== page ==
Climb Mountains
Boulder resident Matt Hardy has an important reason to summit Everest. It was his father’s last request before dying of colon cancer in 2007, that his son, also a climber, spread his ashes atop the world’s highest peak to satisfy an unfulfilled life’s dream of climbing big mountains.

Hardy, who was 22 years old at the time, decided he could do even more, in the form of raising funds for research and advocating the importance of screening. Even though colorectal cancer is the second leading cause of cancer-related deaths in the United States, with 50,000 deaths per year, Hardy says people aren’t aware of the vital importance of preventative screening because they aren’t comfortable dealing with that area of the body.

High Hopes: Hardy plans to live out his dad’s dream on Everest.

“A colonoscopy would have saved my father’s life,” he says.
Shortly after the inception of Hardy’ non-profit, Climb for Colon Cancer (C4CC), his friend and climbing partner Evan Sloane was diagnosed with stomach and colon cancer. Sloane passed 10 months later in November of 2008. Hardy threw himself into C4CC, setting an aggressive plan to climb 100,000 feet to raise $100,000, culminating with the Everest climb to fulfill his father’s wish. Heeding one of Sloane’s suggestions, Hardy chose to donate all funds to the University of Colorado Cancer Center in Denver to support the most cutting edge research – the pilot projects that cannot yet receive full funding from the National Institute of Health.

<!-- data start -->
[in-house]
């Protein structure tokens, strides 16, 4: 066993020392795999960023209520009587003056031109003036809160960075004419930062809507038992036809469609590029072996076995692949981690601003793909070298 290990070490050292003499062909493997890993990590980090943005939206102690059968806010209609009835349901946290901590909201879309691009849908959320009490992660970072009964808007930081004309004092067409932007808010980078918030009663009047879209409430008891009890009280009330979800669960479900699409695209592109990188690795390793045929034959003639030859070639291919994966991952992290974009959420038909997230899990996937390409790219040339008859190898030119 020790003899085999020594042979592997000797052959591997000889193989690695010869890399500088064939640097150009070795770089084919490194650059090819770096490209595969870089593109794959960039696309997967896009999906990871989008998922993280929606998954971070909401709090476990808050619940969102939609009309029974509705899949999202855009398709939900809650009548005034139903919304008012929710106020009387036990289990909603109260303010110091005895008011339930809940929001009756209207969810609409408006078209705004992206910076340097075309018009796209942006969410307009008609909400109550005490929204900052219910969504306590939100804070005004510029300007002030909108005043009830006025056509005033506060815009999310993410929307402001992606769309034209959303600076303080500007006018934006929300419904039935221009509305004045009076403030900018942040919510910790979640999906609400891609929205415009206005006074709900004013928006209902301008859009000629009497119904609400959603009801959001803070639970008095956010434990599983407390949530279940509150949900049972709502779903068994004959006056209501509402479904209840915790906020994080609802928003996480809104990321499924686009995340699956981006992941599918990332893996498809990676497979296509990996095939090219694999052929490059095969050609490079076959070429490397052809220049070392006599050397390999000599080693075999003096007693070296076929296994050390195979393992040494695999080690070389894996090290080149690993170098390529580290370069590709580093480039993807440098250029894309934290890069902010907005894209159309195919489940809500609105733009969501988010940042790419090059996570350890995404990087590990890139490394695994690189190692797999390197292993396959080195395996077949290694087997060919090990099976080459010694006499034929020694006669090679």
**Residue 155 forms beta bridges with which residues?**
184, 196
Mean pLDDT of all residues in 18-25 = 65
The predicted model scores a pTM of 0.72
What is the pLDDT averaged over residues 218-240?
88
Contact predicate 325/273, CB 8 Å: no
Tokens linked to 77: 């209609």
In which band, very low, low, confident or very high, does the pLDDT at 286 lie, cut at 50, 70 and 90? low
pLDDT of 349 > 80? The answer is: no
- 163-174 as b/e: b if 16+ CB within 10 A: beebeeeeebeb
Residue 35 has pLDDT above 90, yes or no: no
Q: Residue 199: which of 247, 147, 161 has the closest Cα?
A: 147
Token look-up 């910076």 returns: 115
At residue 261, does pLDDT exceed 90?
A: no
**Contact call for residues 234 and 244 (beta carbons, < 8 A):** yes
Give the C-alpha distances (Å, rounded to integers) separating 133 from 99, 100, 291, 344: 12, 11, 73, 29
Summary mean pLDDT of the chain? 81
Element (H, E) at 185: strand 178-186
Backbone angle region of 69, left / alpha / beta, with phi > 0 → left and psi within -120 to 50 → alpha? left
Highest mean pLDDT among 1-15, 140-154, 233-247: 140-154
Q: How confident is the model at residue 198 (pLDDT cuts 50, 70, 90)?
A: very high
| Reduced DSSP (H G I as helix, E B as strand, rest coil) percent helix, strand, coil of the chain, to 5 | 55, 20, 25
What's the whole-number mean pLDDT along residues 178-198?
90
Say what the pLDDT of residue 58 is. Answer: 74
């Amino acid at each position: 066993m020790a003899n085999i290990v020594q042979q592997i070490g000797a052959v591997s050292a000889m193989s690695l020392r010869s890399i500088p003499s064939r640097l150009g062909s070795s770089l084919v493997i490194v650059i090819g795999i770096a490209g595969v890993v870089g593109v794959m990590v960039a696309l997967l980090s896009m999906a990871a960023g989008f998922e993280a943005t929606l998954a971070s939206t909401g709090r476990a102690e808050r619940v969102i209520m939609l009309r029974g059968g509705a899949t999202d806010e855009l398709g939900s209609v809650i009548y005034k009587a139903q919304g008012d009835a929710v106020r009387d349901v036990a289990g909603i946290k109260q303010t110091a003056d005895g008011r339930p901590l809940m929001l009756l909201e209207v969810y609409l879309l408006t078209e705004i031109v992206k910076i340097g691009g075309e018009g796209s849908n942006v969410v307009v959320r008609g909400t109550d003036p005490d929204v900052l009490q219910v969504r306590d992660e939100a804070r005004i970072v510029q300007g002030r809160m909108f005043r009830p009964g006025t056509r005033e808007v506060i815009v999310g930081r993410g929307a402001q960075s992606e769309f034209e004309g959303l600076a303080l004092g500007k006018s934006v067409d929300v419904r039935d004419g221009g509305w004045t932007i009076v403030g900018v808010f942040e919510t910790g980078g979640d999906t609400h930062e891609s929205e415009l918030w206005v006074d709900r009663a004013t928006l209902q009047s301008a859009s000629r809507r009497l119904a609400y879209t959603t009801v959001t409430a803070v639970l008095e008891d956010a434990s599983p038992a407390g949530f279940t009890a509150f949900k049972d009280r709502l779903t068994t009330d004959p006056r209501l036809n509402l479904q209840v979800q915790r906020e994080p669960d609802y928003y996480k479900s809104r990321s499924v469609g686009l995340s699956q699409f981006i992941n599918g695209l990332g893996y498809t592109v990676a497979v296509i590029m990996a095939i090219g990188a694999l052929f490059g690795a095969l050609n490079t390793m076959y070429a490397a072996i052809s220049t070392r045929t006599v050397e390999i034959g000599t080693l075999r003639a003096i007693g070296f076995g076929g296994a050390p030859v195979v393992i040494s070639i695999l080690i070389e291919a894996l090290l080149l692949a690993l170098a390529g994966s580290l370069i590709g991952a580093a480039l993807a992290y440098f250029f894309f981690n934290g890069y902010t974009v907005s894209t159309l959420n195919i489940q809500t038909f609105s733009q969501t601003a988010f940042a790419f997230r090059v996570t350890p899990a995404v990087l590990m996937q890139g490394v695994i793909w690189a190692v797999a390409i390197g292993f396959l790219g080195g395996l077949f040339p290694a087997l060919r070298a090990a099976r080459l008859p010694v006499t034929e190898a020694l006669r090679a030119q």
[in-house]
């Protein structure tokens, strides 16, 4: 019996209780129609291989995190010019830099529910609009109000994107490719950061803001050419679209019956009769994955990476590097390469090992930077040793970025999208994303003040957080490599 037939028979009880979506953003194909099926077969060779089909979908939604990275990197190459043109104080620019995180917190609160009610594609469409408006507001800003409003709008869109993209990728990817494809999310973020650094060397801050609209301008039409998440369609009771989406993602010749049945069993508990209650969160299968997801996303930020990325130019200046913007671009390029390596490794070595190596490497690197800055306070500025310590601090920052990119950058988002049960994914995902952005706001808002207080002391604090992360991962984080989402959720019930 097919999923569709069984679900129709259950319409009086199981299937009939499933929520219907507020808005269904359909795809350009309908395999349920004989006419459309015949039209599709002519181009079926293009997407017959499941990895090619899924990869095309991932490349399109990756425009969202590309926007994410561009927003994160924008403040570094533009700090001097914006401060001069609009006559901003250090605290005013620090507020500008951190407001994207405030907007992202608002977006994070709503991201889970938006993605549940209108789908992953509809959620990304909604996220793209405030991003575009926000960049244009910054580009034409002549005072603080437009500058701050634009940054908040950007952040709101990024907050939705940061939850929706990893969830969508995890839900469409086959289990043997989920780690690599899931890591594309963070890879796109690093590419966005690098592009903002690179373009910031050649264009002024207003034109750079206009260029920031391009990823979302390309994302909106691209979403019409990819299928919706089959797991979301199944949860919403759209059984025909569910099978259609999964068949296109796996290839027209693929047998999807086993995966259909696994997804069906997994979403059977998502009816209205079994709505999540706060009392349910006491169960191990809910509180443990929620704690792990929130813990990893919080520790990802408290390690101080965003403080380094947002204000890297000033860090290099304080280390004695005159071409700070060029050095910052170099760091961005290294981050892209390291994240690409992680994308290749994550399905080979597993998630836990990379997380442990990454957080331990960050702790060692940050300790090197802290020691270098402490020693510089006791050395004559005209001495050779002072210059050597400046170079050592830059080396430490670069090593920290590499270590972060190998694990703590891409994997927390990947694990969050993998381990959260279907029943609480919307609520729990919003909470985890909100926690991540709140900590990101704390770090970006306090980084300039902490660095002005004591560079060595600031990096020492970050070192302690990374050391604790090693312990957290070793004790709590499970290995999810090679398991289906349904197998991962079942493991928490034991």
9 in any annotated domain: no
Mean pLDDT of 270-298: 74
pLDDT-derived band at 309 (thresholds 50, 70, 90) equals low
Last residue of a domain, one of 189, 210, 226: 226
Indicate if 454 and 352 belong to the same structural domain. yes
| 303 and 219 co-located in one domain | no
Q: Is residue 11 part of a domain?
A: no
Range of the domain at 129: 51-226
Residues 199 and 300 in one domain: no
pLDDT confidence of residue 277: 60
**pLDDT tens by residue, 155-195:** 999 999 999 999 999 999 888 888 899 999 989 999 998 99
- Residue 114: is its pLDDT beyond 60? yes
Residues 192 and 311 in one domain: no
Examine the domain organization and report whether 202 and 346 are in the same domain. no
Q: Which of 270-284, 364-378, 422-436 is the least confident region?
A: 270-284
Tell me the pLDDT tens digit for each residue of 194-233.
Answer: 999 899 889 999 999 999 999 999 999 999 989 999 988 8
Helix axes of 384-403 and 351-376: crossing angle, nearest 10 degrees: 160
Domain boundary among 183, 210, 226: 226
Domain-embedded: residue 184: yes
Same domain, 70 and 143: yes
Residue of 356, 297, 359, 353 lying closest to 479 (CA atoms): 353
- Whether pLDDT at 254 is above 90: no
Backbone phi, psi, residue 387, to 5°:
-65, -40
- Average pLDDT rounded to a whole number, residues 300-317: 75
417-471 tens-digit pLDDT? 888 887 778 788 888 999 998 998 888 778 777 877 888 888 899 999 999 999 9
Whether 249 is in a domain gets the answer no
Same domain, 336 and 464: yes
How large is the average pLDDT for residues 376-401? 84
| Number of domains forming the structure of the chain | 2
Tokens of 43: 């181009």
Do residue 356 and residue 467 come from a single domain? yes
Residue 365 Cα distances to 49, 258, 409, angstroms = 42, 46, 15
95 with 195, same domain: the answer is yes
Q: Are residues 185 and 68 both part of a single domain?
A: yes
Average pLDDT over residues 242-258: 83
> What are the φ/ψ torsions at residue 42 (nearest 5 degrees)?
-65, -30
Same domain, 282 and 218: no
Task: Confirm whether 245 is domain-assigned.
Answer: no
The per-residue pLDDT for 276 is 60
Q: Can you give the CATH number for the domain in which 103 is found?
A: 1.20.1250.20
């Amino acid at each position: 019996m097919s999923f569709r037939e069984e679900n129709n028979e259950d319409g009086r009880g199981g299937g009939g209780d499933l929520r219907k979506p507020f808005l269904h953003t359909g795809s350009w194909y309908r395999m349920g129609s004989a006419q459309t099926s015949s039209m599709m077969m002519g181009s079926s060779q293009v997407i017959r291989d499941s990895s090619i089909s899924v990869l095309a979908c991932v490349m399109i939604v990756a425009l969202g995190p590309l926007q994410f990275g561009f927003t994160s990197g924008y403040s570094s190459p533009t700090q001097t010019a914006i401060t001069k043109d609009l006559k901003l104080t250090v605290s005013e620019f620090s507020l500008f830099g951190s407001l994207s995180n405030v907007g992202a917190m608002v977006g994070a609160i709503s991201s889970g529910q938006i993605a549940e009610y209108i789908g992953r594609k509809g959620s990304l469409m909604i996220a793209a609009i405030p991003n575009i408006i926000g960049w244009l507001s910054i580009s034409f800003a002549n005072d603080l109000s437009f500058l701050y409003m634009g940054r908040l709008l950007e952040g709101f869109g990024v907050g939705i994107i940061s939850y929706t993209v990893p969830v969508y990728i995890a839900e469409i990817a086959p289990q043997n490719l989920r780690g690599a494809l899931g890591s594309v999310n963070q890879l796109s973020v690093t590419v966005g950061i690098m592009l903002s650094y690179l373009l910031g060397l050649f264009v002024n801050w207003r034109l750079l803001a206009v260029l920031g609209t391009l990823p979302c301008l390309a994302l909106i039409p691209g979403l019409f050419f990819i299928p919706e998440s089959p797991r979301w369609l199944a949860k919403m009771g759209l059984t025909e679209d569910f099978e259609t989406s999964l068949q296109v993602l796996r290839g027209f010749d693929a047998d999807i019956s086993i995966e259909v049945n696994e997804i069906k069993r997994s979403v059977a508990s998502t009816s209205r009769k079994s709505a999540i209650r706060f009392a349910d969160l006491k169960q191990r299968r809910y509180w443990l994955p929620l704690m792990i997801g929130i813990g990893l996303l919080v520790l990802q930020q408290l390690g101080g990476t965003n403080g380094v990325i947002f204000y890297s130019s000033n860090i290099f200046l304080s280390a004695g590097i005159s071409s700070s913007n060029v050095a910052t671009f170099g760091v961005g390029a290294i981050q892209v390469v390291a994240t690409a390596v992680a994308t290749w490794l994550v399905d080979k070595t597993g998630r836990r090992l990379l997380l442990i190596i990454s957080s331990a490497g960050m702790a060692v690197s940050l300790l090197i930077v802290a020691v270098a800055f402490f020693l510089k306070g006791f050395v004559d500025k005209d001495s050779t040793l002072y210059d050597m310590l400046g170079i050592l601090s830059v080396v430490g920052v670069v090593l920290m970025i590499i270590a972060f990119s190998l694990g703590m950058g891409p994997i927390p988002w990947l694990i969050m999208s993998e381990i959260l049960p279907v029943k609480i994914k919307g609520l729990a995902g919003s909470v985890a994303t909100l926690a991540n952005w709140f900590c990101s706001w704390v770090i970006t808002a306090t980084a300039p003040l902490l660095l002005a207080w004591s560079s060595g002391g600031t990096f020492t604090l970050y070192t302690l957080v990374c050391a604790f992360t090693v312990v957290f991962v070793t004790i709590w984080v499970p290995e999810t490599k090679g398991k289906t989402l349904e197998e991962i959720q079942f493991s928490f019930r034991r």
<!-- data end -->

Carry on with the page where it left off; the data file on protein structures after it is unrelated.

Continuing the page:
Already two climbs into fulfilling its goal, C4CC has some upcoming availability: two slots for Aconcagua in January 2011, five for Cho Oyu in 2012, and five for the grand finale – Everest in 2013. To claim one of the openings, you must pay your own way and pledge to donate at least an additional $1,000 for Hardy’s cause. “And you can’t be a douche bag,” he says.

Everyone (d-bags included) can donate: climb4coloncancer.org